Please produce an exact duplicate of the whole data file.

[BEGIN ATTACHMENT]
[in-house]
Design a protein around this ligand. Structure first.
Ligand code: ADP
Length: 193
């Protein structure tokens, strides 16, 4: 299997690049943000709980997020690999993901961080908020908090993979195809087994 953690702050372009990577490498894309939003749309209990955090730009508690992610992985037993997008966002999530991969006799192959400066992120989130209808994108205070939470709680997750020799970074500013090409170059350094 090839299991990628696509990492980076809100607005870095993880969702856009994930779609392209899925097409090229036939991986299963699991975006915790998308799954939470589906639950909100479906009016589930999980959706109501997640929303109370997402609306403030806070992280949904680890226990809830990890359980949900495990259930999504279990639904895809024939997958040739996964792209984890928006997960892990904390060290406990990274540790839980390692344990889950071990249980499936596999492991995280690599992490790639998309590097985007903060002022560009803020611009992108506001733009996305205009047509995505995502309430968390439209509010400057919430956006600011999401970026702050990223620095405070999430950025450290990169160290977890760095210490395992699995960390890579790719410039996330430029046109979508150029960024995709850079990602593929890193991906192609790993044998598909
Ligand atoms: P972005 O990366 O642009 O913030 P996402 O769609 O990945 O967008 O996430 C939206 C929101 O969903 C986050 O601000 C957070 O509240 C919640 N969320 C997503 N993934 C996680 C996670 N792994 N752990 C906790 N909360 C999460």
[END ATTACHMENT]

[in-house]
Design a protein around this ligand. Structure first.
Ligand code: ADP
Length: 193
């Protein structure tokens, strides 16, 4: 299997690049943000709980997020690999993901961080908020908090993979195809087994 953690702050372009990577490498894309939003749309209990955090730009508690992610992985037993997008966002999530991969006799192959400066992120989130209808994108205070939470709680997750020799970074500013090409170059350094 090839299991990628696509990492980076809100607005870095993880969702856009994930779609392209899925097409090229036939991986299963699991975006915790998308799954939470589906639950909100479906009016589930999980959706109501997640929303109370997402609306403030806070992280949904680890226990809830990890359980949900495990259930999504279990639904895809024939997958040739996964792209984890928006997960892990904390060290406990990274540790839980390692344990889950071990249980499936596999492991995280690599992490790639998309590097985007903060002022560009803020611009992108506001733009996305205009047509995505995502309430968390439209509010400057919430956006600011999401970026702050990223620095405070999430950025450290990169160290977890760095210490395992699995960390890579790719410039996330430029046109979508150029960024995709850079990602593929890193991906192609790993044998598909
Ligand atoms: P972005 O990366 O642009 O913030 P996402 O769609 O990945 O967008 O996430 C939206 C929101 O969903 C986050 O601000 C957070 O509240 C919640 N969320 C997503 N993934 C996680 C996670 N792994 N752990 C906790 N909360 C999460």